*135 Having determined that each of the challenged regulations bears a rational relationship to a legitimate penological interest, we consider whether inmates have alternative means of exercising the constitutional right they seek to assert. Turner, 482 U. S., at 90. Were it shown that no alternative means of communication existed, though it would not be conclusive, it would be some evidence that the regulations were unreasonable. That showing, however, cannot be made. Respondents here do have alternative means of associating with those prohibited from visiting. As was the case in Pell, inmates can communicate with those who may not visit by sending messages through those who are allowed to visit. 417 U. S., at 825. Although this option is not available to inmates barred all visitation after two violations, they and other inmates may communicate with persons outside the prison by letter and telephone. Respondents protest that letter writing is inadequate for illiterate inmates and for communications with young children. They say, too, that phone calls are brief and expensive, so that these alternatives are not sufficient. Alternatives to visitation need not be ideal, however; they need only be available. Here, the alternatives are of sufficient utility that they give some support to the regulations, particularly in a context where visitation is limited, not completely withdrawn.
Another relevant consideration is the impact that accommodation of the asserted associational right would have on guards, other inmates, the allocation of prison resources, and the safety of visitors. See Turner, supra, at 90; Hudson, supra, at 526 (visitor safety). Accommodating respondents’ demands would cause a significant reallocation of the prison system’s financial resources and would impair the ability of corrections officers to protect all who are inside a prison’s walls. When such consequences are present, we are “particularly deferential” to prison administrators’ regulatory judgments. Turner, supra, at 90.
*136 Finally, we consider whether the presence of ready alternatives undermines the reasonableness of the regulations. Turner does not impose a least-restrictive-alternative test, but asks instead whether the prisoner has pointed to some obvious regulatory alternative that fully accommodates the asserted right while not imposing more than a de minimis cost to the valid penological goal. 482 U. S., at 90-91. Respondents have not suggested alternatives meeting this high standard for any of the regulations at issue. We disagree with respondents’ suggestion that allowing visitation by nieces and nephews or children for whom parental rights have been terminated is an obvious alternative. Increasing the number of child visitors in that way surely would have more than a negligible effect on the goals served by the regulation. As to the limitation on visitation by former inmates, respondents argue the restriction could be time limited, but we defer to MDOC’s judgment that a longer restriction better serves its interest in preventing the criminal activity that can result from these interactions. Respondents suggest the duration of the restriction for inmates with substance-abuse violations could be shortened or that it could be applied only for the most serious violations, but these alternatives do not go so far toward accommodating the asserted right with so little cost to penological goals that they meet Turner‘s high standard. These considerations cannot justify the decision of the Court of Appeals to invalidate the regulation as to all noncontact visits.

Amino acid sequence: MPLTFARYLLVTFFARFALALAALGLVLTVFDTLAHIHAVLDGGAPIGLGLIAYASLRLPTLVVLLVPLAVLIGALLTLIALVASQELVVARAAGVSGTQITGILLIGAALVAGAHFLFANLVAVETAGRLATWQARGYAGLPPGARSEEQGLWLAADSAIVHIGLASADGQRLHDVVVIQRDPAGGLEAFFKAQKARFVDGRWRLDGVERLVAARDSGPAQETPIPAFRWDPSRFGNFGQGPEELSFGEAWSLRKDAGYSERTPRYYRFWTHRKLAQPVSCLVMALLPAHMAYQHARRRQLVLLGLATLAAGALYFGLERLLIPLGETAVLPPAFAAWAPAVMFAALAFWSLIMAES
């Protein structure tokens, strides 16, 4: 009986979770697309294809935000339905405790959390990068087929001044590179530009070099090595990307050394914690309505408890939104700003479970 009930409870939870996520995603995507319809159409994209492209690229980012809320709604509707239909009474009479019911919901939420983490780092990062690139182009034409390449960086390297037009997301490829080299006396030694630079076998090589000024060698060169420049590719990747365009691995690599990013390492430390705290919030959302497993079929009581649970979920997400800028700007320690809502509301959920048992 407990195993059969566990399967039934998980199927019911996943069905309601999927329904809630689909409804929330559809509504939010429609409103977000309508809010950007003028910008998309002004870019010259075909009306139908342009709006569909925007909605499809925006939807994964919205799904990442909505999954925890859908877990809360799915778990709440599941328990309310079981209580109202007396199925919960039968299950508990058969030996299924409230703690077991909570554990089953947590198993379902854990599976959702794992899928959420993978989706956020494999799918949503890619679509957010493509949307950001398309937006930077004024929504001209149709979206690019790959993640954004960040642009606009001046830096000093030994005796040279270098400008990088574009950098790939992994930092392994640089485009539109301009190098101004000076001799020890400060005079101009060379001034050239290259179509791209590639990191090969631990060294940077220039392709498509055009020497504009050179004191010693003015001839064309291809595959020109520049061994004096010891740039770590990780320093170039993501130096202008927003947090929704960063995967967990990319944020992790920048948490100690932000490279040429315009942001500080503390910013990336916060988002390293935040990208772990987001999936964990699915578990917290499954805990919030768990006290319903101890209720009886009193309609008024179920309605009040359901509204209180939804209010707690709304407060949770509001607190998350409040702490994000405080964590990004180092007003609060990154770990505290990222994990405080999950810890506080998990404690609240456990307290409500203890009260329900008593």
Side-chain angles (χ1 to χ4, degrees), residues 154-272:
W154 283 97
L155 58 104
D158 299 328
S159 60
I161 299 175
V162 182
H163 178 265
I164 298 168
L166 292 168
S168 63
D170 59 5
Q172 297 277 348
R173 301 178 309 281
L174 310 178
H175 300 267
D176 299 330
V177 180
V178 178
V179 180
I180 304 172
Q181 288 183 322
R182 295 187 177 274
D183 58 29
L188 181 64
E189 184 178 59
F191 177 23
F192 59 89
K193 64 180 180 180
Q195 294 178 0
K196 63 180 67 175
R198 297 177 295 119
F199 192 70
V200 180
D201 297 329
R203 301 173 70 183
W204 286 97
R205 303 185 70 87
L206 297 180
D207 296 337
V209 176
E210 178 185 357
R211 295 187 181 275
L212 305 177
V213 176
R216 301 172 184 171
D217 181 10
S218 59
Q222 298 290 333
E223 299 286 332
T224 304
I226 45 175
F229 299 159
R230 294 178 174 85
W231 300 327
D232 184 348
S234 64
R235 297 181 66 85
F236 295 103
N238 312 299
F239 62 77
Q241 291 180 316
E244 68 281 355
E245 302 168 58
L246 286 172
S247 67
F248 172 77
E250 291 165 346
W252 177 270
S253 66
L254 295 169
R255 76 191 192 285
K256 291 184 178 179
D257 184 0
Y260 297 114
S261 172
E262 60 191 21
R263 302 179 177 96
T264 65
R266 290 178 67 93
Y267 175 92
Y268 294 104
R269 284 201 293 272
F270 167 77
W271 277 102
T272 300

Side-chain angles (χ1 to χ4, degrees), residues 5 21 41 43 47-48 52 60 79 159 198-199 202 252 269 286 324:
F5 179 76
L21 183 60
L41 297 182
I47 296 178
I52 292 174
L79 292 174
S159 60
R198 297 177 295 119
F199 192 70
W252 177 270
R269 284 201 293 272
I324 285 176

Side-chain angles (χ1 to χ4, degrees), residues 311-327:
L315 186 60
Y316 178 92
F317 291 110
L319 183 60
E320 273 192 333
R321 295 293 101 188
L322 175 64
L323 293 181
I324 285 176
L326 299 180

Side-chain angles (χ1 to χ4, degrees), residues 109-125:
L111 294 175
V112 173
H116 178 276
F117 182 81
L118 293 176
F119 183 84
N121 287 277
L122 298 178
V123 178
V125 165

Respondents also claim that the restriction on visitation for inmates with two substance-abuse violations is a cruel and unusual condition of confinement in violation of the Eighth Amendment. The restriction undoubtedly makes the prisoner’s confinement more difficult to bear. But it does not, in the circumstances of this case, fall below the standards mandated by the Eighth Amendment. Much of *137 what we have said already about the withdrawal of privileges that incarceration is expected to bring applies here as well. Michigan, like many other States, uses withdrawal of visitation privileges for a limited period as a regular means of effecting prison discipline. This is not a dramatic departure from accepted standards for conditions of confinement. Cf. Sandin v. Conner, 515 U. S. 472, 485 (1995). Nor does the regulation create inhumane prison conditions, deprive inmates of basic necessities, or fail to protect their health or safety. Nor does it involve the infliction of pain or injury, or deliberate indifference to the risk that it might occur. See, e. g., Estelle v. Gamble, 429 U. S. 97 (1976); Rhodes v. Chapman, 452 U.S. 337 (1981). If the withdrawal of all visitation privileges were permanent or for a much longer period, or if it were applied in an arbitrary manner to a particular inmate, the case would present different considerations. An individual claim based on indefinite withdrawal of visitation or denial of procedural safeguards, however, would not support the ruling of the Court of Appeals that the entire regulation is invalid.